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A wheelchair-accessible house brings safety and peace of mind to Minnesota homeowners.
Contributed by Patrick Dunn


Ron and Tari own a wheelchair-accessible house in Minnesota.

Ron awoke to the smell of smoke but originally didn’t think much of it. Then came the fire alarm; there was Ron all alone with nowhere to go. Relegated to a wheelchair and living on the third floor of his apartment building, there was no elevator to bring him to safety.

“I thought to myself there is no way I’m making it out of here on my own power,” said Ron. “Thankfully, the firemen were able to pound my door down. Then they wrapped me in sheets and carried me down the stairs.”

Scared of living alone after the fire, Ron, his girlfriend Tari, and her teenage daughter Tamme looked for apartments where they could live together. Finding an affordable place that was accessible for Ron’s wheelchair and large enough to accommodate their family of three was impossible. So they kept their separate apartments, hoping that one day they could afford a place for their family to call home.

One day while reading Access Press, Ron came across an article portraying the need for affordable housing for disabled people. Twin Cities Habitat for Humanity was holding informational meetings to get people with disabilities involved with the program. Ron and Tari braved a snowstorm, driving from Plymouth to attend a meeting in Minneapolis. That very night they began the application process and took their first steps towards owning their own home.

“It wasn’t more than a couple months after the meeting that we received the call telling us we had been selected for a home in Plymouth,” says Ron. “I was so thrilled to be a homeowner in the city I’ve lived in for the past 15 years.”

Twin Cities Habitat’s construction staff tailored a home for Ron’s special needs. Cupboards with shelves that slide out, lowered light switches, and specially positioned windows to help regulate Ron’s delicate body temperature, were a couple of the provisions made. Ron no longer deals with elevators or stairs and there are ramps leading to the front and back doors. As for Tari, she enjoys being able to come back with groceries for the week, walk a couple steps, and be inside her home.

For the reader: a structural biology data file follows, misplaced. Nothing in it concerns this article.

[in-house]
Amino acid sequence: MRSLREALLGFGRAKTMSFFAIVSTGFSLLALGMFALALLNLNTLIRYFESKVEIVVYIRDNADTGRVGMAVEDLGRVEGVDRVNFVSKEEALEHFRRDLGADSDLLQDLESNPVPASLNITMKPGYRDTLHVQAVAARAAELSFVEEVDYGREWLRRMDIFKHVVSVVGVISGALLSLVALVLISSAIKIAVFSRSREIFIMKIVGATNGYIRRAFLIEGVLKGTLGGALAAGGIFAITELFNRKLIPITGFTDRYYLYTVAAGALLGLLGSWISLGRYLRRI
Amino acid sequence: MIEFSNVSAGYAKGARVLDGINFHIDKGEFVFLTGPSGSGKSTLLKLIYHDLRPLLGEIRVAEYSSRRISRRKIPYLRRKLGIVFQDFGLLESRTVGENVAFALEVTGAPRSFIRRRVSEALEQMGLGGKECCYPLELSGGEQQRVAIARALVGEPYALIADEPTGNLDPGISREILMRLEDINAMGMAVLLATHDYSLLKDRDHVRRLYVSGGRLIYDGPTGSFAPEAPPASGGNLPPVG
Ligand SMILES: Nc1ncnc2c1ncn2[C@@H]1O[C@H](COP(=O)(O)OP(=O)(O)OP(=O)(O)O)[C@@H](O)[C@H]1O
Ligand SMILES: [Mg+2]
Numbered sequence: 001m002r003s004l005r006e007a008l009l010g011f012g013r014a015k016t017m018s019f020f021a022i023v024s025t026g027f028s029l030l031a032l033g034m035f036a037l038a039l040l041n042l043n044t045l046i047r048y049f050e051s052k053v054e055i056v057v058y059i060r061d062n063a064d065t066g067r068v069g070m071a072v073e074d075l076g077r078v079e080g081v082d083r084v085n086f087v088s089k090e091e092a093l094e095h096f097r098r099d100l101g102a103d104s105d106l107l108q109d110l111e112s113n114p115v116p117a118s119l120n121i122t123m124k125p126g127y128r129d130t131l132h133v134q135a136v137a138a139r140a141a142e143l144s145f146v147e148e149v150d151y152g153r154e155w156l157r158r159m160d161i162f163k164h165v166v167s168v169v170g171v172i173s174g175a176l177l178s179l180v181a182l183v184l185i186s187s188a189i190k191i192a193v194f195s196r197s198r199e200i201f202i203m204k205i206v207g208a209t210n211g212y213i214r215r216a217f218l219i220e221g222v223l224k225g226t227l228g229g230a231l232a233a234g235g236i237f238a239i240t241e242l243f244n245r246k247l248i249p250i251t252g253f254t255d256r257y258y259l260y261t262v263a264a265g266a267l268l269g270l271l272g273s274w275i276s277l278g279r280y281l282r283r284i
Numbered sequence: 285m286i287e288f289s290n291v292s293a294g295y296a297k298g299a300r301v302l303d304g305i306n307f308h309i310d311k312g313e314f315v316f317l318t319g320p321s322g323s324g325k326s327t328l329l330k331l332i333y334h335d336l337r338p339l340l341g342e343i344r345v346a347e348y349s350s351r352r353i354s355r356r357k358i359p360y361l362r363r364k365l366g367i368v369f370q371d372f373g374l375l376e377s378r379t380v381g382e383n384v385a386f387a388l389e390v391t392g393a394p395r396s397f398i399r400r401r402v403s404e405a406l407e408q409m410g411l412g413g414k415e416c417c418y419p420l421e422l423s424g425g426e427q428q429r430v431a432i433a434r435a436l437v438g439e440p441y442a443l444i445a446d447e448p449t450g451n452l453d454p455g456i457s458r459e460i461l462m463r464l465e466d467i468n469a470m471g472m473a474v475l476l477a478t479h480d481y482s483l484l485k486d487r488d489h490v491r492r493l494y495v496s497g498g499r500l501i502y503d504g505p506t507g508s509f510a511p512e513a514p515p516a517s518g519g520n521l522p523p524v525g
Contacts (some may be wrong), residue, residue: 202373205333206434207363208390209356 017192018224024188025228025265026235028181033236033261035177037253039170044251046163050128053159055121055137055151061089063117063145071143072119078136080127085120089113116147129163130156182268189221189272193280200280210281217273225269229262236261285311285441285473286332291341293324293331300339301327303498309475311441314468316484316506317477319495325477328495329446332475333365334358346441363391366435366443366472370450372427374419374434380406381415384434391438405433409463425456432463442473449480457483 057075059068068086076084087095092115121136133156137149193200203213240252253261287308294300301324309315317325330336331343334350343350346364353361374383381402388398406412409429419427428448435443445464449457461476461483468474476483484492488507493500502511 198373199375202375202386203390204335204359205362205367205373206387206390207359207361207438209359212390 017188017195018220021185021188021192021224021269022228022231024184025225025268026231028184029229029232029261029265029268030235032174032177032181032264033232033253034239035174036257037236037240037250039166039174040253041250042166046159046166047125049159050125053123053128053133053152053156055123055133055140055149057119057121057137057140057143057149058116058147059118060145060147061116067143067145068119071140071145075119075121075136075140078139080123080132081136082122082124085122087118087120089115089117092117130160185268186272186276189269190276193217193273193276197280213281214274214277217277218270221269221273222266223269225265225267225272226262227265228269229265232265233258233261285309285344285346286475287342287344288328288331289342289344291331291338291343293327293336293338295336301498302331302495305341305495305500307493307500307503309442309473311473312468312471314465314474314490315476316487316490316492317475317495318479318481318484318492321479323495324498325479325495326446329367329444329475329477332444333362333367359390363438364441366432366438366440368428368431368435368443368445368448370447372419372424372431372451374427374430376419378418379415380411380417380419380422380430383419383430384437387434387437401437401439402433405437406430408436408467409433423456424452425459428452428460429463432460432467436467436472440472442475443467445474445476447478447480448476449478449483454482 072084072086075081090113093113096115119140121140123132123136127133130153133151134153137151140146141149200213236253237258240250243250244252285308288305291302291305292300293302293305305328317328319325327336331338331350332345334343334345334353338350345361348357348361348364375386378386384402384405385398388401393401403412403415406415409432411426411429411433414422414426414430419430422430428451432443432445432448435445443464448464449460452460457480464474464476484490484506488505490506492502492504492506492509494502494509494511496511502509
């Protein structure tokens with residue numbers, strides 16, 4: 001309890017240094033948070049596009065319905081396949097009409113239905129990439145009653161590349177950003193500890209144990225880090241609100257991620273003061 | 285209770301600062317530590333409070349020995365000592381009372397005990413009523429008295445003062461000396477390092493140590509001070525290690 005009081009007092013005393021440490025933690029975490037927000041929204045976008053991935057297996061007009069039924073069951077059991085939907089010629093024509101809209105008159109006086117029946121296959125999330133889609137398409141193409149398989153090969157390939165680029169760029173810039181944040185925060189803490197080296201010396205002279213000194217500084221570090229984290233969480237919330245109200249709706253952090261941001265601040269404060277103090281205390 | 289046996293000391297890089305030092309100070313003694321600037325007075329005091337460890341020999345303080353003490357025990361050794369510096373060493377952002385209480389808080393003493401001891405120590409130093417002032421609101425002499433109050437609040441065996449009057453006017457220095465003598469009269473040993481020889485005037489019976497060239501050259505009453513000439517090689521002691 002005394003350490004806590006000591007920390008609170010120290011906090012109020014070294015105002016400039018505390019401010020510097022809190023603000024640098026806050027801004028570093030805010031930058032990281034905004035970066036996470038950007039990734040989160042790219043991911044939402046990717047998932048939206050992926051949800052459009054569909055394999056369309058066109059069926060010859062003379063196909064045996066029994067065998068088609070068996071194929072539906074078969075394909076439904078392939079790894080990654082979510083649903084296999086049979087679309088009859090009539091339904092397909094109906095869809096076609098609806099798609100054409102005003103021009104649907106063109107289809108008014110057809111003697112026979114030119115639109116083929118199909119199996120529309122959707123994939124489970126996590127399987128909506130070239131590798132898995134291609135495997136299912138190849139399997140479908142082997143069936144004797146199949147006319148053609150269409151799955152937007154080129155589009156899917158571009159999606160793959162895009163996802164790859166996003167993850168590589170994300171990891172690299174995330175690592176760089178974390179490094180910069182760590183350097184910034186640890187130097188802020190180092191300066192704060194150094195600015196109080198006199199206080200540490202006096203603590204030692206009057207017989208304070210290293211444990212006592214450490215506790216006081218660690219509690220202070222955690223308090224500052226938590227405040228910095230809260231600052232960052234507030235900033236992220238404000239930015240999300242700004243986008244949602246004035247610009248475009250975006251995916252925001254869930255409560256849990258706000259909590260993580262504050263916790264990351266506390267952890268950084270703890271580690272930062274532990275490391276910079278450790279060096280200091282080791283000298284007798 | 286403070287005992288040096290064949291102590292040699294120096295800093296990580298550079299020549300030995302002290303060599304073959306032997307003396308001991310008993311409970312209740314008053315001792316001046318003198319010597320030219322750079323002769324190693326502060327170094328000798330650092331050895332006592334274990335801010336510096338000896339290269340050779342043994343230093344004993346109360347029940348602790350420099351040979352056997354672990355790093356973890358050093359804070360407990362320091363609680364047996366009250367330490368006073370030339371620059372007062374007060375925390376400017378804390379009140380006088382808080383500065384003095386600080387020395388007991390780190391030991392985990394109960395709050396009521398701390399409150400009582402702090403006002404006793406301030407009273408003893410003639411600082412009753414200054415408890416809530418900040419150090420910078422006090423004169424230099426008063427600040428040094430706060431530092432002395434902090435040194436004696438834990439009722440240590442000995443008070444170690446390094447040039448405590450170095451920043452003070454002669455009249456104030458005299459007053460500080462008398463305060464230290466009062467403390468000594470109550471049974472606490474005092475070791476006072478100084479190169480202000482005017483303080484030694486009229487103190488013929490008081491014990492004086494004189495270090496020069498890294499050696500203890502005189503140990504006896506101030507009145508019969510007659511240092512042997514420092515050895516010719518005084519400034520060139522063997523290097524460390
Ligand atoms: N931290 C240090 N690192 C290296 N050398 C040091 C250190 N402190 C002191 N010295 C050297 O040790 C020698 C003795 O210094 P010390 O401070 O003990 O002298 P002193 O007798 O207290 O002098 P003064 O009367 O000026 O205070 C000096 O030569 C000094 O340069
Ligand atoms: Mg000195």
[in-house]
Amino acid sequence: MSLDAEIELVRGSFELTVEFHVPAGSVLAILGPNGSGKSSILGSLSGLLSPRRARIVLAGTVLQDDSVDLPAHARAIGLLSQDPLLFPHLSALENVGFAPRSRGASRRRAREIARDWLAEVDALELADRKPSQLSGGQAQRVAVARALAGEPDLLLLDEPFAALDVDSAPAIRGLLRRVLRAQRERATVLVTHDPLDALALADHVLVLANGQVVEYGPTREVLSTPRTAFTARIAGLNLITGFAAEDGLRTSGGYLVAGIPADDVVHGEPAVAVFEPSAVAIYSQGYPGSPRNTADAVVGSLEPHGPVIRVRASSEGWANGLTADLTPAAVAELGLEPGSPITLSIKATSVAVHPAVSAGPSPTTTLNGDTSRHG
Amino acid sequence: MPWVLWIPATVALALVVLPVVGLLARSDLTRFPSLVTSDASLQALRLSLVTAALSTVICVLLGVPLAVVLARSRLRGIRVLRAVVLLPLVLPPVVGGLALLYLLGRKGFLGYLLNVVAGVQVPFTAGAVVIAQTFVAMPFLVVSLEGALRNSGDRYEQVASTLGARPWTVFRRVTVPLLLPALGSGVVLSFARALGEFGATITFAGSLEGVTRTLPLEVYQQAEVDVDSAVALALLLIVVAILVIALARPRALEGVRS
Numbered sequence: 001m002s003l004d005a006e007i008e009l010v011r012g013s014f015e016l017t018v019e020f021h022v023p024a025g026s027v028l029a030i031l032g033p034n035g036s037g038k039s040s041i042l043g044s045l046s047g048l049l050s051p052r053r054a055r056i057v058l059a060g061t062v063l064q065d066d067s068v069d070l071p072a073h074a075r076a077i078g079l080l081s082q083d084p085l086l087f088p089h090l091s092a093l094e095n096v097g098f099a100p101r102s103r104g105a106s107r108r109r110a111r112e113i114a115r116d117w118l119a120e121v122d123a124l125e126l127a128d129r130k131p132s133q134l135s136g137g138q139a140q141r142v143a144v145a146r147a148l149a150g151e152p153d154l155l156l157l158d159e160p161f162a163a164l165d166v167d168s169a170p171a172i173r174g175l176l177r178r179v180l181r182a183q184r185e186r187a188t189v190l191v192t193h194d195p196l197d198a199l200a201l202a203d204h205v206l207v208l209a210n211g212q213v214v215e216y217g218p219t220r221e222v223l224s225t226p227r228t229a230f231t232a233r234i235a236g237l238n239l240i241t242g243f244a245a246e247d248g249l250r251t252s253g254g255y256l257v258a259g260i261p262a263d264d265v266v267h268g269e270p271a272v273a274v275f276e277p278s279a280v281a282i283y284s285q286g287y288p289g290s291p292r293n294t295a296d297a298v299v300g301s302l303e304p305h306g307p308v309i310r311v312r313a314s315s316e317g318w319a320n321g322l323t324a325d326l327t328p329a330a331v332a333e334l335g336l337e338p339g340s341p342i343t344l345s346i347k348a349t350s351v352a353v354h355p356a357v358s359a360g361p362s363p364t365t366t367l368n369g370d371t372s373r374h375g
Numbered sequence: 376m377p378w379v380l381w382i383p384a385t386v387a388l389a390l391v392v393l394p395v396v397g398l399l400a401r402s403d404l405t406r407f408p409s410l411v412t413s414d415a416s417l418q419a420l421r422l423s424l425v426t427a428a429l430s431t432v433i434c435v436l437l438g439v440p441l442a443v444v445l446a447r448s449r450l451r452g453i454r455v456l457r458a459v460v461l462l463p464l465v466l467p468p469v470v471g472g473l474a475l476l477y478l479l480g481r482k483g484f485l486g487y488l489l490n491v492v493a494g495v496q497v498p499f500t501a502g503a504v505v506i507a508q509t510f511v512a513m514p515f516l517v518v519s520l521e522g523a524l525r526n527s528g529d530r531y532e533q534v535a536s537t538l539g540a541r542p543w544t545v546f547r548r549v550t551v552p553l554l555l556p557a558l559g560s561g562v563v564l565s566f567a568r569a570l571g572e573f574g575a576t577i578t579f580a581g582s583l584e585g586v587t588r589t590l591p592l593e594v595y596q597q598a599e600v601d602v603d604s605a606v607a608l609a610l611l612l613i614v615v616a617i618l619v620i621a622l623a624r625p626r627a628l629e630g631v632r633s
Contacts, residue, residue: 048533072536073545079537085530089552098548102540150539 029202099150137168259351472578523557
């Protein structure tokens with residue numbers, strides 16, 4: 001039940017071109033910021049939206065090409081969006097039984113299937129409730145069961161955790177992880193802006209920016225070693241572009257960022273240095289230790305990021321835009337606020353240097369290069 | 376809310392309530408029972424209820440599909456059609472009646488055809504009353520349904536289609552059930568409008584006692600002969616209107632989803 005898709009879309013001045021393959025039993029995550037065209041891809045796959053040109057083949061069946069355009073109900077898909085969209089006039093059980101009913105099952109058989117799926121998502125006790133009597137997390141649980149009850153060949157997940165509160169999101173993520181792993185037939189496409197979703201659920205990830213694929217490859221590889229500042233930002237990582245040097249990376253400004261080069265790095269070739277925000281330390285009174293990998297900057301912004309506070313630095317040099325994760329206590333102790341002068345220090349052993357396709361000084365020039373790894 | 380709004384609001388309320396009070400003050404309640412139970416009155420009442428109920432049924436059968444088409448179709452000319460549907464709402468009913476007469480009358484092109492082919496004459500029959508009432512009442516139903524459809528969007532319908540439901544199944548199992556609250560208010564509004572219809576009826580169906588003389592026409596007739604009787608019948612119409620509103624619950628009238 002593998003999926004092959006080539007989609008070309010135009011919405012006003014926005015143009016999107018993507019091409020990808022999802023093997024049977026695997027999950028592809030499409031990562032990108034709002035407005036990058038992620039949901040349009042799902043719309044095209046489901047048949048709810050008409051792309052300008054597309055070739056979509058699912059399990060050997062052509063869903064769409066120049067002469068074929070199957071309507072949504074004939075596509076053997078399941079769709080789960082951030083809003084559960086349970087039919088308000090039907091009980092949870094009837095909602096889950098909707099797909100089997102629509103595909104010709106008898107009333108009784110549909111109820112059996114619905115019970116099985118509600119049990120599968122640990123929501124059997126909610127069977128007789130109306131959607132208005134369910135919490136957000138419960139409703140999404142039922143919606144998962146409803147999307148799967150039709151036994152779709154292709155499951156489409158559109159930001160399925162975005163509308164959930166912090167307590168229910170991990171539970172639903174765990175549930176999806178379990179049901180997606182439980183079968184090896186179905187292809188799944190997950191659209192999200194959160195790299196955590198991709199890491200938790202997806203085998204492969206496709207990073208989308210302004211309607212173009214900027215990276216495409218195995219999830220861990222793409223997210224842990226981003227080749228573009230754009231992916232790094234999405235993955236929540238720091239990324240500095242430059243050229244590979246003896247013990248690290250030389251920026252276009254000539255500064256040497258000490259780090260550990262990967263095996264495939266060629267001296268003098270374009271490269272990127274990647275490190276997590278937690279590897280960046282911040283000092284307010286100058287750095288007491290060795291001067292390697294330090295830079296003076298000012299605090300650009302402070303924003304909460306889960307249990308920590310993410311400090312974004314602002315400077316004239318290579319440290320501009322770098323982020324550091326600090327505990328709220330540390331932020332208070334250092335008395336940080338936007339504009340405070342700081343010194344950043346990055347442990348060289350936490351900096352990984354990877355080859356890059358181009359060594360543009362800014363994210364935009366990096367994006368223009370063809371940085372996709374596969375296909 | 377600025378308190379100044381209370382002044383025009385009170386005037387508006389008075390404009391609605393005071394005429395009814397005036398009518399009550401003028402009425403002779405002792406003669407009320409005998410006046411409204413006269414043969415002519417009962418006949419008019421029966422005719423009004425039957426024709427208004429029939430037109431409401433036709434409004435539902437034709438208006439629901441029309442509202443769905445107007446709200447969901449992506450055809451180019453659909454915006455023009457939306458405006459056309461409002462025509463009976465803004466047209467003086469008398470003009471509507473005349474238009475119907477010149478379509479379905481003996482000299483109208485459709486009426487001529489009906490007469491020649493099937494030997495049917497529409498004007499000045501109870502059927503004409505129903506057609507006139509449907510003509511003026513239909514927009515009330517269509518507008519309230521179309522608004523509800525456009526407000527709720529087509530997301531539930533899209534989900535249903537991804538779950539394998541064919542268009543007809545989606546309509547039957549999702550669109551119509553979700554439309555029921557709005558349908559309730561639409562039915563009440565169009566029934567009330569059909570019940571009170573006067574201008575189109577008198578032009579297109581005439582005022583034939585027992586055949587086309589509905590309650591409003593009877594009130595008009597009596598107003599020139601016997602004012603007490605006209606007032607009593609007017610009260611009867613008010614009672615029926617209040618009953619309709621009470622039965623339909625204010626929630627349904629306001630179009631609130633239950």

When it came time for the family to put in their allotted sweat equity hours neither Ron nor Tari could participate as construction volunteers. Tari, recovering from major back surgery, spent her volunteer time doing data entry and mass mailings. Ron, on the other hand, put his photography talents to use by taking hundreds of snapshots of Habitat volunteers. Through the volunteer process both Ron and Tari developed lasting relationships with Habitat staff that they will never forget.

“Whether it was the site supervisors, AmeriCorps members or office staff,” Ron said. “It’s been an absolute joy getting to know everyone we have come in contact with through this program.”



Habitat homes yield safety and security
The benefits of Habitat homeownership extend beyond the theoretical to the practical.

What are Habitat houses like in North America?
Most U.S. and Canadian Habitat houses share the same characteristics.

How to apply for a Habitat for Humanity house
If your family, or a family you know, is in need of decent, affordable housing, follow these instructions to apply for a Habitat for Humanity house.